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SSH: A tool that many admins couldn't imagine getting by without. It's like a trusty wrench in the toolkit that helps keep the server wheels turning. But like any tool, it can sometimes refuse to cooperate, and you may need to do some troubleshooting to fix it. If you've ever encountered the Permission Denied (publickey) error, you know how frustrating it can be. It's one of those pesky SSH errors that can ruin your day. But fear not, for we're here to help you understand what causes it and, more importantly, how you can fix it. So, please grab a cup of coffee and let's dive into some SSH problem-solving.
What is The SSH Permission Denied (publickey) Error?
Oh boy, the SSH Permission Denied (publickey) Error. It's like the curse of the SSH universe. The error message makes you want to shake your fist at the computer and scream, "Why me?!" But fear not, my friends. I'm here to shed some light on this mysterious error.
In a nutshell, the SSH Permission Denied (publickey) Error occurs when your SSH connection gets rejected by a remote server because it doesn't recognize your public key.
It's like getting into a high-security facility without the right access card. You'll just be sitting outside, twiddling your thumbs and feeling rejected. So, if you get hit with this error, you need to give the server permission to access your key.
Methods for Fixing “SSH Permission Denied (publickey).”
- Check SSH Agent
If you use an SSH agent to manage your keys, ensure your key is loaded into the agent. You can check the agent using the following command:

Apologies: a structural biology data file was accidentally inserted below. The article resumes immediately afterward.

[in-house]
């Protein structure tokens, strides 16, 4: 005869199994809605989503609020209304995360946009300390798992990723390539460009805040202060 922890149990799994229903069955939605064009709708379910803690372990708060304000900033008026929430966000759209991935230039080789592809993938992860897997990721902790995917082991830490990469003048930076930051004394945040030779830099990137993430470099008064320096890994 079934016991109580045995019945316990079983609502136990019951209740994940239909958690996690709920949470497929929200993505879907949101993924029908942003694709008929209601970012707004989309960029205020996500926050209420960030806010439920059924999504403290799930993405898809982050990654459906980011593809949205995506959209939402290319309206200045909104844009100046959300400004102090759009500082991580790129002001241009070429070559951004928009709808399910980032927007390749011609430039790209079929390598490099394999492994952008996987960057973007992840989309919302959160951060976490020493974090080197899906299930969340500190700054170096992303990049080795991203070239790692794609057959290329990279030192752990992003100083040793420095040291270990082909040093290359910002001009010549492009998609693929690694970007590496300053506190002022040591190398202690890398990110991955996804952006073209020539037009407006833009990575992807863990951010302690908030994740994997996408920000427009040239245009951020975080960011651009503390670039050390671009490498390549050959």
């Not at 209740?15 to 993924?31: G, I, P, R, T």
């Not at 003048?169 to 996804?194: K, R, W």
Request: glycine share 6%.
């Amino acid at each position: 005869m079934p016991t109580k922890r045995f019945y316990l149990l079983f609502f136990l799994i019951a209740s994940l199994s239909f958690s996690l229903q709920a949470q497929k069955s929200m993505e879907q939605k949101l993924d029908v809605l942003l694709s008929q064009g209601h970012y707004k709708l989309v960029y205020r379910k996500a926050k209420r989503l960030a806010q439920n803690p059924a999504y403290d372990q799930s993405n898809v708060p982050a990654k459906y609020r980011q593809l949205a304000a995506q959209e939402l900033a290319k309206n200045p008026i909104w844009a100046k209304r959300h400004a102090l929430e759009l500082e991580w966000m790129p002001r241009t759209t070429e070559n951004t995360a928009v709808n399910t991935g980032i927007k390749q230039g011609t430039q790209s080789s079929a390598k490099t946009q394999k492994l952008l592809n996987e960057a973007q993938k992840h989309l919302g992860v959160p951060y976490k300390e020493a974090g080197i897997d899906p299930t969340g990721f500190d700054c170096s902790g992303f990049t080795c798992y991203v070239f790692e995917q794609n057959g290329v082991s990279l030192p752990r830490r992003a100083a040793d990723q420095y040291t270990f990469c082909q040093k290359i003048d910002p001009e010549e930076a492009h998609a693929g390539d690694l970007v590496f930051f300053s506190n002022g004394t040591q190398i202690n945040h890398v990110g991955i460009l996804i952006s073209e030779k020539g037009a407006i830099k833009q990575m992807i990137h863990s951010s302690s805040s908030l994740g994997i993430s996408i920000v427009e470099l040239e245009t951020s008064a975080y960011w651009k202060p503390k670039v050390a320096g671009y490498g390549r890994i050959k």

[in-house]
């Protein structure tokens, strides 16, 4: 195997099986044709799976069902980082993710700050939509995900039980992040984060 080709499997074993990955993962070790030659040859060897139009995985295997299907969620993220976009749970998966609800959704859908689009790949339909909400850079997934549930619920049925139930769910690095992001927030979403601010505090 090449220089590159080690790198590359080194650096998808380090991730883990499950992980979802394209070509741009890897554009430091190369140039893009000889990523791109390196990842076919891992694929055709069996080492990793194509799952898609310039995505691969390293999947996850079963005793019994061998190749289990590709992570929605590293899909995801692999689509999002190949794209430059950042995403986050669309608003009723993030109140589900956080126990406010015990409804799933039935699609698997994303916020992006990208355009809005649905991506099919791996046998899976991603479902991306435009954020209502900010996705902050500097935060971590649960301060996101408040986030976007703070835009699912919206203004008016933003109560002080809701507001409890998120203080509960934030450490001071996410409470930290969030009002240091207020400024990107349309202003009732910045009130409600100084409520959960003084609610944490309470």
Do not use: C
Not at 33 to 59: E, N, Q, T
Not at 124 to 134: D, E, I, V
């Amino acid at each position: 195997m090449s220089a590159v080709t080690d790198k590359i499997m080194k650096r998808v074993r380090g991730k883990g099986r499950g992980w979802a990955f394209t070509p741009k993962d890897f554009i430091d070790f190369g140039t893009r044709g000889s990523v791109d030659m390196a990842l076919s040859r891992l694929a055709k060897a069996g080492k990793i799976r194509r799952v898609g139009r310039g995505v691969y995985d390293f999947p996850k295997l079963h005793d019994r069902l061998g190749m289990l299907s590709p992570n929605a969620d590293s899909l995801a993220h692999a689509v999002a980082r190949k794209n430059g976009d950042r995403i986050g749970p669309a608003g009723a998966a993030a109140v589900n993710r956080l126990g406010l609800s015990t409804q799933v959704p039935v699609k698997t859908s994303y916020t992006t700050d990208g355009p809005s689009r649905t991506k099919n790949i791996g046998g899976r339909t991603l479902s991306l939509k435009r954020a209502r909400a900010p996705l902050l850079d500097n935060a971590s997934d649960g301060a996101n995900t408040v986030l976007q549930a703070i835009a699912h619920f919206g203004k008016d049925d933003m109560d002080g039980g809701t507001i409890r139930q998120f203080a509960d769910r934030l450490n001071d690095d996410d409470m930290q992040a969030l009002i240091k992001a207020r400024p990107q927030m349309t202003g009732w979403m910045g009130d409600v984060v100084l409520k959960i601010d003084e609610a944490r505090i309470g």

$ ssh-add -l
If the agent is not running, you can start it using the command:
$ eval "$(ssh-agent -s)"
- Check the Key Permissions
Before checking the key permissions, ensure you have copied the public key to the remote server. If you have already done this, ensure the permissions on the key files are correct. The private key file should have 600 permissions, and the public key file should have 644 permissions. To change the file permissions, execute the following commands:
$ chmod 600 ~/.ssh/id_rsa
$ chmod 644 ~/.ssh/id_rsa.pub
- Check SSH Configuration
You should check the SSH configuration files to ensure the server is configured to accept public key authentication. The following lines should be present in the SSH configuration file:
If these lines are missing, add them to the configuration file and save the changes.
- Check Server Logs
If none of the above methods works, you should check the server logs to discover the problem's cause. The server logs are usually in the /var/log/auth.log or /var/log/secure file. You can view the logs using the following command:
$ tail -f /var/log/auth.log
The "SSH Permission Denied (publickey)" error is a common issue users face while using SSH. You can try several methods to resolve the issue, including checking the SSH agent, key permissions, SSH configuration, and server logs. Following these methods, you can quickly fix the "Permission Denied (publickey)" error and access your remote server.
- The Permission Denied (publickey) error is common when trying to SSH into a server. It's typically caused by the SSH server rejecting authentication attempts due to incorrect key configurations or a lack of permission to use them.
- Various reasons, including expired or removed keys, incorrect file permissions, and server SSH configuration changes can cause the error message. This can make it challenging to pinpoint the exact cause.
- To fix the error, you should first ensure that your keys are correctly configured on both the client and server, reset the permissions on the “authorized_keys” file, and check the server's SSH configuration. You may also need to generate new keys and update your “authorized_keys” file on the server to resolve the issue.
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I'm fascinated by the IT world and how the 1's and 0's work. While I venture into the world of Technology, I try to share what I know in the simplest way with you. Not a fan of coffee, a travel addict, and a self-accredited 'master chef'.